Three Strikes and You’re Out as a Bad Parent

There are three pernicious events that have been reported on the news this Summer that convinces me that the “entitlement generation” have now moved into the misnomer realm of parenting.

No rules apply to them or their children!  They do as they please when they please!  Their wish is our every command!

Here are the Top Three indicators — from this Summer alone! — that you might just be a Bad Parent… and if you happen to tumble into all three… then please give up on your lack of parenting skills and turn your kids over to someone who more rightly knows how to care for them within the terms and conditions of the rest of us.

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The Goodness of Changeable Prescription Glasses

My absolute favorite episode of The Twilight Zone is one in which a book loving nebuch finds that he may be the sole survivor of a powerful bombing and that he has all the time to read that he wants — but loses it all when his prescription glasses are shattered in an accident. I wondered how it was possible that he couldn’t find a suitable replacement but I imagine it might be difficult to find anything if your glasses are broken. An English company may have solved this issue with their innovative glasses which are adjustable by the wearer such that the prescription of the glasses match his or her eyes.

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The Jack of All Ills: How the Internet Democratized Medicine

I’m old enough and just craggy enough to remember the pure disdain medical doctors had  for the internets in the early 1990’s when the web was growing by bounds and grabbing the brains of any and every eager mind.  The reason doctors hated the internet was because open access to information diluted their expertise by egalitarian dissemination of research and the democratic propagation of information; and they resented it when patients knew more about a drug or a condition than they did.  Eager patients are hungry for information and becoming the master of a single pill or a defined diagnosis is much easier than having to worry about every single chemical condition and biological solution studied at medical school.  Patients are the masters of their ailments; doctors are the jack of all ills.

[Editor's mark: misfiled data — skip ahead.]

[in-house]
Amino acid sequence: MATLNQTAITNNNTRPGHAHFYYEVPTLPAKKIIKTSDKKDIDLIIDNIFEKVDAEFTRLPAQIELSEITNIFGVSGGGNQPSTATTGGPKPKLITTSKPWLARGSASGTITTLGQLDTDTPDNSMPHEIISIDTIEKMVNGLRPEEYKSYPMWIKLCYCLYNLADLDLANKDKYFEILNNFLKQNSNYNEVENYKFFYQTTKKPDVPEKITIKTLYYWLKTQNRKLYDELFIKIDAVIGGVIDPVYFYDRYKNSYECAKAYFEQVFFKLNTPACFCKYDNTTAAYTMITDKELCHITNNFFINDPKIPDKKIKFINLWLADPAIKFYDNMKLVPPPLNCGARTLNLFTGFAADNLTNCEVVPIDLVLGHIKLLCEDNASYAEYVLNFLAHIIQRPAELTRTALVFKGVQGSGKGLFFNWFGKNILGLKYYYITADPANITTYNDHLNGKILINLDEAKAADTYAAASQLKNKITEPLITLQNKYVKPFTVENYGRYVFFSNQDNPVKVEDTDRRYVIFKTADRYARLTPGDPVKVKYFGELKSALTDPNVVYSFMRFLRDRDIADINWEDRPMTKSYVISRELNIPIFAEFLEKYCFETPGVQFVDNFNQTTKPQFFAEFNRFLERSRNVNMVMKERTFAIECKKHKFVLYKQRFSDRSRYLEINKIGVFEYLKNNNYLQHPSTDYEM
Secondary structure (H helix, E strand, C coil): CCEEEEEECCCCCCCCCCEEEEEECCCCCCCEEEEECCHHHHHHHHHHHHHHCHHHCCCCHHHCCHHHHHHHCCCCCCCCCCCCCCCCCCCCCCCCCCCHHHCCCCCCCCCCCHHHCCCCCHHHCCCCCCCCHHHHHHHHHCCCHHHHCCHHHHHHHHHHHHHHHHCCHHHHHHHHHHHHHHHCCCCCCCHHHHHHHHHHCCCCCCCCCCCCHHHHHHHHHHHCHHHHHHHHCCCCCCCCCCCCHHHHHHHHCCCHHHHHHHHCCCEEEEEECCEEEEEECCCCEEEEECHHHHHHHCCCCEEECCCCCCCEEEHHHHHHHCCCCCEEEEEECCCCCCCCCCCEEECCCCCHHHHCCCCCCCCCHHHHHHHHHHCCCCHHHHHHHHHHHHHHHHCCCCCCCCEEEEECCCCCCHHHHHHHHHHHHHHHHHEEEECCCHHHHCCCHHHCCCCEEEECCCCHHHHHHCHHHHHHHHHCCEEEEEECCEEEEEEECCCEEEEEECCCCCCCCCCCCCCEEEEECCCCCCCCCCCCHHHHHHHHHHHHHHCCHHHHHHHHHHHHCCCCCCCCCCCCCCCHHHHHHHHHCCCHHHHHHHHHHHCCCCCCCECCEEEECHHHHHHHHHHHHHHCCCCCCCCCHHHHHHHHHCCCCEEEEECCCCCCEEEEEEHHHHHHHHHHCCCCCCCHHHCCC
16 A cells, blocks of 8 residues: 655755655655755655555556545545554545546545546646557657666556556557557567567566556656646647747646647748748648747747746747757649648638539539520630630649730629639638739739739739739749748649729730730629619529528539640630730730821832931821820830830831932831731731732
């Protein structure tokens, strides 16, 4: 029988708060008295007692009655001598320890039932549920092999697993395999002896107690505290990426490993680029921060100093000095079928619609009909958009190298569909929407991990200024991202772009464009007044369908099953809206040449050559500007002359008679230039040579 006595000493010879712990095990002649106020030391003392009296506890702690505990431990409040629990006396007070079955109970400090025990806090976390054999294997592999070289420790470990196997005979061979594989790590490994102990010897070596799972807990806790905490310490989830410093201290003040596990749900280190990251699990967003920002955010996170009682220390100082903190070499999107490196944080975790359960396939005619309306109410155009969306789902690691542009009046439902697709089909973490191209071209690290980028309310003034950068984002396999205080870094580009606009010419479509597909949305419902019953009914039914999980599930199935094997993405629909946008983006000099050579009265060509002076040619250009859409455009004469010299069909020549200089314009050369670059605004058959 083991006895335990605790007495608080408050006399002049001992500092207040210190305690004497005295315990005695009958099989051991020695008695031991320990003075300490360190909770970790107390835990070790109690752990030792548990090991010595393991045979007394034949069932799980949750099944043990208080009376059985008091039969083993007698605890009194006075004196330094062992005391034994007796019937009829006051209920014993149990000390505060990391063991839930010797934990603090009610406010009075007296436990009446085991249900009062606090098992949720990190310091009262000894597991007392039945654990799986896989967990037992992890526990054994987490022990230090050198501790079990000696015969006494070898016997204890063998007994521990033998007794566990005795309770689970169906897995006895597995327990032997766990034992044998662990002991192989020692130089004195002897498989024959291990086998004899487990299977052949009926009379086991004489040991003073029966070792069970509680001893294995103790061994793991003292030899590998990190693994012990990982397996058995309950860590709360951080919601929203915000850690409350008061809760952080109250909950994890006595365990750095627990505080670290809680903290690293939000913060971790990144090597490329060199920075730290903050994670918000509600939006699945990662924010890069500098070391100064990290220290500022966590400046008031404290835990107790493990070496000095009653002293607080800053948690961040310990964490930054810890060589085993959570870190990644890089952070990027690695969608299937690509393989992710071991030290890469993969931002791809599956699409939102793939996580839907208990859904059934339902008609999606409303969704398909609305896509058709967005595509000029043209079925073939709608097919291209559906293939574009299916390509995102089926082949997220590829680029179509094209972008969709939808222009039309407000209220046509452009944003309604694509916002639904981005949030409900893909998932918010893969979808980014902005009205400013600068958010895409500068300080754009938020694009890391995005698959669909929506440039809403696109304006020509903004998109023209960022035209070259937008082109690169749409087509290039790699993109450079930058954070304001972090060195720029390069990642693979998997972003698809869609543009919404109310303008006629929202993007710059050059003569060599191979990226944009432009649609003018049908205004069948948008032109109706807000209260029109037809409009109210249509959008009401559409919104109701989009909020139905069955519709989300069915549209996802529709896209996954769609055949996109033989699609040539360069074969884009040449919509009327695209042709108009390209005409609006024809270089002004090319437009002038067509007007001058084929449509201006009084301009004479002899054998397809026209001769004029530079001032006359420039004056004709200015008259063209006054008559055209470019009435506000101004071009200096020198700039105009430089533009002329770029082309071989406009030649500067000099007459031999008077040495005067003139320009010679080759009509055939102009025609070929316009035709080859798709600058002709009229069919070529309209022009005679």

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In Opposition to Prescription Privileges for Psychologists

by William J. Matthews, Ph.D.

Over the last number of years there has been an increasing demand by many clinical psychologists for the right to prescribe psychotropic medications as a part of their clinical treatment. A typical argument in favor of prescription privileges takes the form of, “I am fully capable of understanding the effects of these medications and being able to prescribe will only enhance the effectiveness of my work with patients.”

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